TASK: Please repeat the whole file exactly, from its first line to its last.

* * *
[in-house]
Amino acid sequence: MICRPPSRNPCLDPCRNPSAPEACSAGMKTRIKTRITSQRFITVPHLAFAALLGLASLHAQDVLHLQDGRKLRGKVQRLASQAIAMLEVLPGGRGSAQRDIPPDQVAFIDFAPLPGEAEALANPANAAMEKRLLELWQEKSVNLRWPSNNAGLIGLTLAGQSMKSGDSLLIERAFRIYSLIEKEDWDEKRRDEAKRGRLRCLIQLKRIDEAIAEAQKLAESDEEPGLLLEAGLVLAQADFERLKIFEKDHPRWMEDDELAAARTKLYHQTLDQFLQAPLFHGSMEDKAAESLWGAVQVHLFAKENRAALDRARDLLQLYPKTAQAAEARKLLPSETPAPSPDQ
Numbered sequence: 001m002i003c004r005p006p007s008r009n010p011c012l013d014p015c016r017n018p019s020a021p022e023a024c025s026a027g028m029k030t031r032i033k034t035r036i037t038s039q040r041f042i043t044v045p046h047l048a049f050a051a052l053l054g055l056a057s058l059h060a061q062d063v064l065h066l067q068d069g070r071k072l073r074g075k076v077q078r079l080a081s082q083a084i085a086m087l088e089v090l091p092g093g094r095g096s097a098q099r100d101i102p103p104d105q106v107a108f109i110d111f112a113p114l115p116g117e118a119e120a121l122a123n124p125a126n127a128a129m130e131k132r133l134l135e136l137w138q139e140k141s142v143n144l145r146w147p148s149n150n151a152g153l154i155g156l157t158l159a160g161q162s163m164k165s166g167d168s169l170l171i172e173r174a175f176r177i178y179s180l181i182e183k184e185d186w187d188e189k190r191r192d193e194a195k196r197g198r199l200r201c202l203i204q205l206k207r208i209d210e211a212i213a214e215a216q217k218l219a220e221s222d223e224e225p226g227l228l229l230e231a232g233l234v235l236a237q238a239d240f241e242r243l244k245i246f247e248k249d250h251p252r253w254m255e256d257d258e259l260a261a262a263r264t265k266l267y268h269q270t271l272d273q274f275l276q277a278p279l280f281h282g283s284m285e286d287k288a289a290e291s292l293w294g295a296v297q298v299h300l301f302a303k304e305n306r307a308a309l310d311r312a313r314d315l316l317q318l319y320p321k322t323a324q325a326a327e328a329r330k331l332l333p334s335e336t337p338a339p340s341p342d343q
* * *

[in-house]
Amino acid sequence: MICRPPSRNPCLDPCRNPSAPEACSAGMKTRIKTRITSQRFITVPHLAFAALLGLASLHAQDVLHLQDGRKLRGKVQRLASQAIAMLEVLPGGRGSAQRDIPPDQVAFIDFAPLPGEAEALANPANAAMEKRLLELWQEKSVNLRWPSNNAGLIGLTLAGQSMKSGDSLLIERAFRIYSLIEKEDWDEKRRDEAKRGRLRCLIQLKRIDEAIAEAQKLAESDEEPGLLLEAGLVLAQADFERLKIFEKDHPRWMEDDELAAARTKLYHQTLDQFLQAPLFHGSMEDKAAESLWGAVQVHLFAKENRAALDRARDLLQLYPKTAQAAEARKLLPSETPAPSPDQ
Numbered sequence: 001m002i003c004r005p006p007s008r009n010p011c012l013d014p015c016r017n018p019s020a021p022e023a024c025s026a027g028m029k030t031r032i033k034t035r036i037t038s039q040r041f042i043t044v045p046h047l048a049f050a051a052l053l054g055l056a057s058l059h060a061q062d063v064l065h066l067q068d069g070r071k072l073r074g075k076v077q078r079l080a081s082q083a084i085a086m087l088e089v090l091p092g093g094r095g096s097a098q099r100d101i102p103p104d105q106v107a108f109i110d111f112a113p114l115p116g117e118a119e120a121l122a123n124p125a126n127a128a129m130e131k132r133l134l135e136l137w138q139e140k141s142v143n144l145r146w147p148s149n150n151a152g153l154i155g156l157t158l159a160g161q162s163m164k165s166g167d168s169l170l171i172e173r174a175f176r177i178y179s180l181i182e183k184e185d186w187d188e189k190r191r192d193e194a195k196r197g198r199l200r201c202l203i204q205l206k207r208i209d210e211a212i213a214e215a216q217k218l219a220e221s222d223e224e225p226g227l228l229l230e231a232g233l234v235l236a237q238a239d240f241e242r243l244k245i246f247e248k249d250h251p252r253w254m255e256d257d258e259l260a261a262a263r264t265k266l267y268h269q270t271l272d273q274f275l276q277a278p279l280f281h282g283s284m285e286d287k288a289a290e291s292l293w294g295a296v297q298v299h300l301f302a303k304e305n306r307a308a309l310d311r312a313r314d315l316l317q318l319y320p321k322t323a324q325a326a327e328a329r330k331l332l333p334s335e336t337p338a339p340s341p342d343q